After this, the second step is meeting with Pastor Danny and an elder for an hour-long conversation about our doctrine and your Christian life (you will work through the questions in step one).
Then comes the third step of being invited to come to a meeting of all our pastors and elders for a brief 15 minute “get to know you” conversation. This encourages us in hearing of your faith and encourages you in committing to our church family.
The fourth step is a public notification to our congregation for two weeks that you will soon be received into our family.
Finally, the fifth step is public reception in a morning service. Since this is such a joyful moment in your life and the life of our church family, we encourage you to invite family and friends, especially those who do not know Jesus Christ.
If you are coming to us as a member of another congregation that belongs to a Reformed or Presbyterian denomination with whom the URCNA has a relationship, you may join us by having your home church forward your membership papers to our consistory. Please speak with a pastor or elder about how to do this.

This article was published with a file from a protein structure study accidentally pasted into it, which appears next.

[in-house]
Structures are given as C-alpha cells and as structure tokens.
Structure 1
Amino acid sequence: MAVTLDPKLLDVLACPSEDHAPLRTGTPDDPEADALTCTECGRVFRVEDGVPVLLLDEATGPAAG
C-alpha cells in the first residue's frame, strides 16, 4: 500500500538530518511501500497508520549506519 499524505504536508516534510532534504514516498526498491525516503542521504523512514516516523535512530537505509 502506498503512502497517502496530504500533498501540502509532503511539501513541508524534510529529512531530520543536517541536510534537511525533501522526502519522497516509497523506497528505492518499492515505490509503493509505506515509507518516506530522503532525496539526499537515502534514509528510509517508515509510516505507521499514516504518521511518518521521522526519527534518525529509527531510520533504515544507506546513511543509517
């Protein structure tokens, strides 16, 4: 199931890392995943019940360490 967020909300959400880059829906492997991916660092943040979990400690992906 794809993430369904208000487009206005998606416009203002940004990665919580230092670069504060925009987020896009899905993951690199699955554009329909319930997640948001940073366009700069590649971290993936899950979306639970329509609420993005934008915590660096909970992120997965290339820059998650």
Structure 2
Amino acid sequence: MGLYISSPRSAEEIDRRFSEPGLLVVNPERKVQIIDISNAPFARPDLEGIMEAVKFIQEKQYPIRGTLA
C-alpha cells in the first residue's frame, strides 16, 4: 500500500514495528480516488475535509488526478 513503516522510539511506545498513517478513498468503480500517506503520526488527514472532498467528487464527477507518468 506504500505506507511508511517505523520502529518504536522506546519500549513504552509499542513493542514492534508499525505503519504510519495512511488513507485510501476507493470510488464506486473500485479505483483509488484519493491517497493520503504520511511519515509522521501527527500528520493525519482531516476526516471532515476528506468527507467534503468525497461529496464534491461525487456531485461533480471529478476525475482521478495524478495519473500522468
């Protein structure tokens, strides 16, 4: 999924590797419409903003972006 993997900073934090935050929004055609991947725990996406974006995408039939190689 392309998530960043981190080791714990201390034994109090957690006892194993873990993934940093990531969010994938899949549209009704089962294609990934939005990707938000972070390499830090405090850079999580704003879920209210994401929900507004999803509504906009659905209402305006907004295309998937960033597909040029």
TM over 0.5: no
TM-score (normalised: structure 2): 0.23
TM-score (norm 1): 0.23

As a church rooted in history, we follow ancient Christian practice in having new members make sacred membership vows before God and his church (Psalter Hymnal, pp. 132–133).
Vow #1: A Common Faith
The first membership vow asks whether you confess a common faith with the congregation:
First, do you heartily believe the doctrine contained in the Old and the New Testament, and in the articles of the Christian Faith [the Apostles’ Creed], and taught in this Christian Church, to be the true and complete doctrine of salvation, and do you promise by the grace of God steadfastly to continue in this profession?